This article is about teaching your child empathy.
Last week I was sick; super sick, started out with a sinus infection. I also have a broken molar and hadn’t thought much about the broken tooth.
It didn’t bother me, and since I’m terrified of the dentist, I wasn’t about to make a trip there over something that wasn’t even causing me any trouble.
However, said sinus infection moved into a said broken molar. Hand to God, the worst pain I’ve ever been in, and I’ve given birth completely un-medicated.
Was literally on my bathroom floor, in the fetal position, begging for death or an assortment of illegal substances to dull my pain. I felt like I was dying. All of this took place with my 3-year-old daughter at home.
No parent ever wants their child to see them upset, much less puddled on the bathroom floor bawling your eyes out, barely able to speak coherently.
So, my husband did his best to entertain her wandering mind, and if she happened to make her way to the bathroom door I shooed her off quickly.
I was just imagining how she would react. Just knew, beyond a shadow of a doubt, that it would scar her deeply to see me in such a state.
I could see her sitting in therapy 20 years from now saying “It all started when I was 3 years old and I found my mother blubbering on the bathroom floor.” I just wasn’t prepared for that kind of guilt!
My Child Empathy
But, as I’ve said before, my child has the determination of a Navy Seal. After a couple of hours, she just wasn’t having any more of it.
She charged into that bathroom like a mad bull. Upon throwing the door open, she discovered me in my pitiful state.
Since “sucking it up” wasn’t an option for me at the time I prepared myself for the worst. My mind was too hazed with pain to even come up with an excuse.
But like she always does, she surprised me. Her whole demeanor changed. Instead of that raging bull, she turned into my little mother hen.
She knelt down on the floor beside me and grabbed a big wad of toilet paper. Leaning towards me, ever so gently, she dabbed at my tears.
“Here momma, let me wipe up the tears. Are you okay? Are you sick? It’s okay, momma. I’m right here. You need sumpin’?”
All the while she’s gently patting my back with the freehand that’s not wiping up my snot. Pain or not, my heart melted.
I got myself to the doctor that afternoon and got some legal substances to help with the pain and infection. And yes, I scheduled a dentist appointment.
But, I just keep thinking back to that morning, and I’m filled with an overwhelming sense of pride. I’ve taught this child something wonderful.
While she’s determined, and intense, and overly independent, she’s also so very kind, compassionate, and caring. She saw her mother in a bad situation and only wanted to help. She didn’t panic.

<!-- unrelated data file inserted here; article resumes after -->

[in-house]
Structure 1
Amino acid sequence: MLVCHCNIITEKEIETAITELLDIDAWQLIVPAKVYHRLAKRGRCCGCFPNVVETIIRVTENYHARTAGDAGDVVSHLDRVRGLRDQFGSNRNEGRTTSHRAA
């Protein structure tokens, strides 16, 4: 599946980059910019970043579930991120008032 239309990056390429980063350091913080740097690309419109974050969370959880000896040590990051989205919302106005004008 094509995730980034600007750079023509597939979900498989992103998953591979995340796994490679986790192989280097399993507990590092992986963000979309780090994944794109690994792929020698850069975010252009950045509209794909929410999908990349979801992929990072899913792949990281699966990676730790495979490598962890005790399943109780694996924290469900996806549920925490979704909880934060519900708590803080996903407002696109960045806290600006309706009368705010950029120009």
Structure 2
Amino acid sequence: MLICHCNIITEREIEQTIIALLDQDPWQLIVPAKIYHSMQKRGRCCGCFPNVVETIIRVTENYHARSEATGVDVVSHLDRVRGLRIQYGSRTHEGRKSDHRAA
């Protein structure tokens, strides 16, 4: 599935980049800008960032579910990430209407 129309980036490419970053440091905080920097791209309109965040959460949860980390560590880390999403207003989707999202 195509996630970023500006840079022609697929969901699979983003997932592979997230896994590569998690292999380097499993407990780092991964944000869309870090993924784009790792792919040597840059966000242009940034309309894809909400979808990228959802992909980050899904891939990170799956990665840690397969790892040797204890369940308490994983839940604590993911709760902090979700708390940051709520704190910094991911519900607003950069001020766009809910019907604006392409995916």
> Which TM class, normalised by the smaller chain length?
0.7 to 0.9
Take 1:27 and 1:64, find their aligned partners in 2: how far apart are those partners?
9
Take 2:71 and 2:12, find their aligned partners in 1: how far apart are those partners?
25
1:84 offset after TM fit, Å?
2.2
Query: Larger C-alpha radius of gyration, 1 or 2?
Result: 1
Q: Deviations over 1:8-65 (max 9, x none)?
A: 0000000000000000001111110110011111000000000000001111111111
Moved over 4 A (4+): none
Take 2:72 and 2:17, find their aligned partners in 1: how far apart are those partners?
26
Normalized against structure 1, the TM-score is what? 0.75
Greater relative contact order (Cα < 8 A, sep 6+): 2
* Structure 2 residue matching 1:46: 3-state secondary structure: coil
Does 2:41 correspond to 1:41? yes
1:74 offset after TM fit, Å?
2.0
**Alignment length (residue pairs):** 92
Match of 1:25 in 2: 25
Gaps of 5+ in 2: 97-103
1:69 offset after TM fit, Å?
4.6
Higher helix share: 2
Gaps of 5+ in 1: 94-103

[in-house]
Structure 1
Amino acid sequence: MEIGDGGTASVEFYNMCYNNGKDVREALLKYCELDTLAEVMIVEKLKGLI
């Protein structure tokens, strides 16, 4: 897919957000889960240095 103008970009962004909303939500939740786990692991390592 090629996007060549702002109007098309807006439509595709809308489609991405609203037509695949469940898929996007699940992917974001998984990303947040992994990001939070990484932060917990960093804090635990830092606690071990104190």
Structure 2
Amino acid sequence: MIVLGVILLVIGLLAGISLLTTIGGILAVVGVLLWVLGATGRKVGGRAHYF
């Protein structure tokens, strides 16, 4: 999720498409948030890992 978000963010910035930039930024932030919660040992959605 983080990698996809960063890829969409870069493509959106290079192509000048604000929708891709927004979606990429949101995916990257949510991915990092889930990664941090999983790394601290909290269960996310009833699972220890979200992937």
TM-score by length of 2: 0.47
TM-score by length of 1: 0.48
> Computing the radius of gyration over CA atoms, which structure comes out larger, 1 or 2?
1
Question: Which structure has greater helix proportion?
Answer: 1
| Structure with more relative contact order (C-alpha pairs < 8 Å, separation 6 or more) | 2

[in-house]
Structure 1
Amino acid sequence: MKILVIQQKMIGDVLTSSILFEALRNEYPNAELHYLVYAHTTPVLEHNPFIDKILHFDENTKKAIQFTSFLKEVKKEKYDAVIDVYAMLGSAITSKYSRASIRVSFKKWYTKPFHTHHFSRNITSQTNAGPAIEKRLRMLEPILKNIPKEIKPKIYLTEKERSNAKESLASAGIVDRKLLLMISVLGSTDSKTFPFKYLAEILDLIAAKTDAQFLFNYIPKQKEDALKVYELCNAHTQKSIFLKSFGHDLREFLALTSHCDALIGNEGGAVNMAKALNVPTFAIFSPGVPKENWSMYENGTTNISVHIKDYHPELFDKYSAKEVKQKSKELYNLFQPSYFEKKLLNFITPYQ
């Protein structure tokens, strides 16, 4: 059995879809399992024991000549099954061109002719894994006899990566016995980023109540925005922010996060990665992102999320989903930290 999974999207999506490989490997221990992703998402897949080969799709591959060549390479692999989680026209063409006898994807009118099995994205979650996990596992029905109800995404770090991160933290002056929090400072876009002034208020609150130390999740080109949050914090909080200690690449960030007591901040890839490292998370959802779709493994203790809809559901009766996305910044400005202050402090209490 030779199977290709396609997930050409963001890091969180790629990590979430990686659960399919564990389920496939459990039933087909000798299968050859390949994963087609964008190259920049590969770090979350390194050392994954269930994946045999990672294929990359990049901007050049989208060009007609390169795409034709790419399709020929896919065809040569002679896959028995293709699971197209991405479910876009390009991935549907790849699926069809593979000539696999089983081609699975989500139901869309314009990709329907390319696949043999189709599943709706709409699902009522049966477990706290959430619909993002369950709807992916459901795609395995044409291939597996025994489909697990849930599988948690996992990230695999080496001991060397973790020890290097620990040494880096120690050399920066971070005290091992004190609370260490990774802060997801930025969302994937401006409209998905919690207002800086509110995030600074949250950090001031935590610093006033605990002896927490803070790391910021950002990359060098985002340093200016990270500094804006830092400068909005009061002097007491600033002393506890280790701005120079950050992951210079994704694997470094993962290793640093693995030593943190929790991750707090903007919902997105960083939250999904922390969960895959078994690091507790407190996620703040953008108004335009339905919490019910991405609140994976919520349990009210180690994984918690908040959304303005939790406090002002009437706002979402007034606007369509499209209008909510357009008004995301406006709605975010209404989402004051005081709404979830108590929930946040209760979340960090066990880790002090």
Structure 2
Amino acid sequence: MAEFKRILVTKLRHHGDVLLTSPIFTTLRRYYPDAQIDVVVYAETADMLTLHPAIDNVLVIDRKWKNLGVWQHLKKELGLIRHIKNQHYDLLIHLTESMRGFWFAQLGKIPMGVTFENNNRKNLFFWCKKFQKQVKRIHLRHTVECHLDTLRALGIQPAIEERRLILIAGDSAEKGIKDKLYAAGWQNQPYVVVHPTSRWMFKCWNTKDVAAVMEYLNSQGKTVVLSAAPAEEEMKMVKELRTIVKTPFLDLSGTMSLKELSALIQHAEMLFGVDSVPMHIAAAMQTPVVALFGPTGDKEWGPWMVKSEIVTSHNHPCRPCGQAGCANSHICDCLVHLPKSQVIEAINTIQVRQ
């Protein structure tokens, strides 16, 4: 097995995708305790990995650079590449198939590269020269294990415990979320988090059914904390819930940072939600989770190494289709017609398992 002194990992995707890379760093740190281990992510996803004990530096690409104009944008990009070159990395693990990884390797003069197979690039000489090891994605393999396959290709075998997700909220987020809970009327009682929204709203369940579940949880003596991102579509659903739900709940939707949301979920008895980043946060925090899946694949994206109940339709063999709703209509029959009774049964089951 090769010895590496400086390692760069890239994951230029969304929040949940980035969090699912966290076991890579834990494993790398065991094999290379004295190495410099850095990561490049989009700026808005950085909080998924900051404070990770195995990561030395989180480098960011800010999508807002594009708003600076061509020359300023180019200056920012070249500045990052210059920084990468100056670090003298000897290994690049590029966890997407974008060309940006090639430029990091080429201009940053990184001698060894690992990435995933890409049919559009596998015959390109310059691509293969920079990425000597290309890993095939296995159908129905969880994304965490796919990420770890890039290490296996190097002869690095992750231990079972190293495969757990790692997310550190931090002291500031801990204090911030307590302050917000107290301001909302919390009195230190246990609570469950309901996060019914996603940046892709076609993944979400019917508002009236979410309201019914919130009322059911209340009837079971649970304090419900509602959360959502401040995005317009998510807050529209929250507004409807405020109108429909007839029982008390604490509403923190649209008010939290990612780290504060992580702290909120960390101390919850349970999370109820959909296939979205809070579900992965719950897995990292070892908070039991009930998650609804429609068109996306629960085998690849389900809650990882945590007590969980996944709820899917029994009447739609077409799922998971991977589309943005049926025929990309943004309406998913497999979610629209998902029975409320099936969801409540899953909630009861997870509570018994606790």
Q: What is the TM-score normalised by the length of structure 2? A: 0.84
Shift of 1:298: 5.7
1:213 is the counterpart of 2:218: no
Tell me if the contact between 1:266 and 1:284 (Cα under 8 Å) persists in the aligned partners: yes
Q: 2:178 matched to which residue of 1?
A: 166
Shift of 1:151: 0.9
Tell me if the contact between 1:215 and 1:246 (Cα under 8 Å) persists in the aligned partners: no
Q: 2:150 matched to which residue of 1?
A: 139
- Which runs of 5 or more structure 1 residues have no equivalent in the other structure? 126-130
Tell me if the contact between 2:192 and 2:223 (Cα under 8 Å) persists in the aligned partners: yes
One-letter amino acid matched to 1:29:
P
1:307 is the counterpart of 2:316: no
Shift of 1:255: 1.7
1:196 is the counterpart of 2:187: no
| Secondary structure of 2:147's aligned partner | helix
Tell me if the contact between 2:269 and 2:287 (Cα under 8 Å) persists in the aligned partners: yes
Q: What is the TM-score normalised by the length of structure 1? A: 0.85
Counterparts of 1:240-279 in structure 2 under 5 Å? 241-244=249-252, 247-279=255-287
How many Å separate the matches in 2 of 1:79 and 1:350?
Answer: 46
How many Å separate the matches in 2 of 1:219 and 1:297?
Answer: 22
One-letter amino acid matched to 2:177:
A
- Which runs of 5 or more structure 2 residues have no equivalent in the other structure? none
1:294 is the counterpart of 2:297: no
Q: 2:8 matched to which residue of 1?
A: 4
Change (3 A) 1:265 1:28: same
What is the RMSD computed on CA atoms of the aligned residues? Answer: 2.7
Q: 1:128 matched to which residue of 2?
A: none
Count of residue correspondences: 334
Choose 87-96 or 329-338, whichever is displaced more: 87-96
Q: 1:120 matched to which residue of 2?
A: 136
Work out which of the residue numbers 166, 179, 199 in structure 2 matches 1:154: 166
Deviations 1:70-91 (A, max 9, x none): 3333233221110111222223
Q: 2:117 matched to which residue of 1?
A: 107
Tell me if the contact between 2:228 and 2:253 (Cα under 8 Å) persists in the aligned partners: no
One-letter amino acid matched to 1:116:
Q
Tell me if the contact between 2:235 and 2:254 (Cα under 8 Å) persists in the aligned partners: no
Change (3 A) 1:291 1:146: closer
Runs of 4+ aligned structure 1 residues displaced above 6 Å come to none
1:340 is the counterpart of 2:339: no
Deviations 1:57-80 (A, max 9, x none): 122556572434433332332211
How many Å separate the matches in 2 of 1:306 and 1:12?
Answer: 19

I think we’ve dodged the therapy bullet. She just did what I’ve always done for her. She cared for me.
Oftentimes, as parents, we get so lost in the things that society deems important. Is your 3-year old singing their ABCs? Can your 4 years old do basic math skills? Can your 6 years old explain quantum physics?!
To make sure that our children are up to par, we forget about the small things. But, every time you kiss their scraped knee, you’re teaching them something.
Every time you cuddle them through the night, nurse a fever, comfort them through a stomach bug, you’re teaching them something that no one else can.
By simply being a parent, you’re teaching your child empathy. You’re teaching them how to care for someone in need and remain calm and handle a tough situation with grace.
Even quantum physics can’t teach your child such a valuable, incomparable lesson. That’s all you.
You can also read: Life Skills: 8 Skills They Didn’t Teach In School
My name is Andrea Thompson and I’m a home based freelance writer. I’m 23 years old, married to my best friend, and mother to a wonderfully independent and opinionated 3 year old girl and step-mother to a sweet seven year old boy. I live in a tiny, little town in Kentucky, where I spend my free time fishing with my kids.
Writing has always been my passion, which I followed through high school, and for a while in college. Life happened, and once I discovered we were pregnant, I switched directions; opting for the healthcare industry because of the stability.
Finally, years later, I was in a place where I could leave the day job that never truly made me happy, and pursue my dreams. I’ve built, and am still building, my writing career from scratch. But, I’m passionate and I’m good at what I do. And, in the end, I can prove to my daughter that she can do anything she wants with this life.